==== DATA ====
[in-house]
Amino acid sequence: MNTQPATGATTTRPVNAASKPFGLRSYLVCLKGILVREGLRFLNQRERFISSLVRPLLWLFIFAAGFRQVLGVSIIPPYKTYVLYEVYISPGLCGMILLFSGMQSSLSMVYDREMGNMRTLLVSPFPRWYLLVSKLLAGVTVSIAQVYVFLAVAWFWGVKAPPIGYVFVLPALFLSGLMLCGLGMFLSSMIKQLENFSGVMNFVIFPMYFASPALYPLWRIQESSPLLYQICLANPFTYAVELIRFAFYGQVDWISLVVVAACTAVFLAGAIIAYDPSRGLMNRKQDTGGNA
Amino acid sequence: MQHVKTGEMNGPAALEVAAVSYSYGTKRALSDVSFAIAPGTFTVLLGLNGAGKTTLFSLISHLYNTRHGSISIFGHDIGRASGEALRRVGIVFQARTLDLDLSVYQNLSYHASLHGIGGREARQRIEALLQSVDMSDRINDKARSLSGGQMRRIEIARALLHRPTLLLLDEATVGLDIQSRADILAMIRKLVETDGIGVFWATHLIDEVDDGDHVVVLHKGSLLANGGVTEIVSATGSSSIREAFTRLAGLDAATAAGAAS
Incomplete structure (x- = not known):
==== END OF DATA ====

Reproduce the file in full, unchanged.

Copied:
[in-house]
Amino acid sequence: MNTQPATGATTTRPVNAASKPFGLRSYLVCLKGILVREGLRFLNQRERFISSLVRPLLWLFIFAAGFRQVLGVSIIPPYKTYVLYEVYISPGLCGMILLFSGMQSSLSMVYDREMGNMRTLLVSPFPRWYLLVSKLLAGVTVSIAQVYVFLAVAWFWGVKAPPIGYVFVLPALFLSGLMLCGLGMFLSSMIKQLENFSGVMNFVIFPMYFASPALYPLWRIQESSPLLYQICLANPFTYAVELIRFAFYGQVDWISLVVVAACTAVFLAGAIIAYDPSRGLMNRKQDTGGNA
Amino acid sequence: MQHVKTGEMNGPAALEVAAVSYSYGTKRALSDVSFAIAPGTFTVLLGLNGAGKTTLFSLISHLYNTRHGSISIFGHDIGRASGEALRRVGIVFQARTLDLDLSVYQNLSYHASLHGIGGREARQRIEALLQSVDMSDRINDKARSLSGGQMRRIEIARALLHRPTLLLLDEATVGLDIQSRADILAMIRKLVETDGIGVFWATHLIDEVDDGDHVVVLHKGSLLANGGVTEIVSATGSSSIREAFTRLAGLDAATAAGAAS
Incomplete structure (x- = not known):